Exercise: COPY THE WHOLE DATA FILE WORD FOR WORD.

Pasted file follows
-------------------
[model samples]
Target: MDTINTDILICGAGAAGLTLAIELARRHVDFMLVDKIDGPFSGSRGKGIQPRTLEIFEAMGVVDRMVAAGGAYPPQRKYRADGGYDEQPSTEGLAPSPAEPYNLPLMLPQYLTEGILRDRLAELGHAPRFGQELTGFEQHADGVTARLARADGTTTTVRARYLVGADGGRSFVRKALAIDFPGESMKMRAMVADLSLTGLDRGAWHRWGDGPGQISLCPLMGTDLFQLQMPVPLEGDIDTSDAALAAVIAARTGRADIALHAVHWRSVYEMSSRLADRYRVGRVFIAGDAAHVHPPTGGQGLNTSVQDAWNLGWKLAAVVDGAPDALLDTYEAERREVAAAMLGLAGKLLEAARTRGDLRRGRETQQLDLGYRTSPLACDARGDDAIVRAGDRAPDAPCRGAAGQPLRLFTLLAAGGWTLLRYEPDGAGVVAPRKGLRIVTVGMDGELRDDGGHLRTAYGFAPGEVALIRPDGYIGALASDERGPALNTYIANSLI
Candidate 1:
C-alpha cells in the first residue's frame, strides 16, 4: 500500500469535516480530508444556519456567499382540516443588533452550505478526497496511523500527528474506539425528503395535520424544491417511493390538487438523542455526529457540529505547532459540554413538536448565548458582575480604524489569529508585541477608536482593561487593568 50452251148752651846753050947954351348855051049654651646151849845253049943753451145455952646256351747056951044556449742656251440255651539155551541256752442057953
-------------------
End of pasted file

[model samples]
Target: MDTINTDILICGAGAAGLTLAIELARRHVDFMLVDKIDGPFSGSRGKGIQPRTLEIFEAMGVVDRMVAAGGAYPPQRKYRADGGYDEQPSTEGLAPSPAEPYNLPLMLPQYLTEGILRDRLAELGHAPRFGQELTGFEQHADGVTARLARADGTTTTVRARYLVGADGGRSFVRKALAIDFPGESMKMRAMVADLSLTGLDRGAWHRWGDGPGQISLCPLMGTDLFQLQMPVPLEGDIDTSDAALAAVIAARTGRADIALHAVHWRSVYEMSSRLADRYRVGRVFIAGDAAHVHPPTGGQGLNTSVQDAWNLGWKLAAVVDGAPDALLDTYEAERREVAAAMLGLAGKLLEAARTRGDLRRGRETQQLDLGYRTSPLACDARGDDAIVRAGDRAPDAPCRGAAGQPLRLFTLLAAGGWTLLRYEPDGAGVVAPRKGLRIVTVGMDGELRDDGGHLRTAYGFAPGEVALIRPDGYIGALASDERGPALNTYIANSLI
Candidate 1:
C-alpha cells in the first residue's frame, strides 16, 4: 500500500469535516480530508444556519456567499382540516443588533452550505478526497496511523500527528474506539425528503395535520424544491417511493390538487438523542455526529457540529505547532459540554413538536448565548458582575480604524489569529508585541477608536482593561487593568 50452251148752651846753050947954351348855051049654651646151849845253049943753451145455952646256351747056951044556449742656251440255651539155551541256752442057953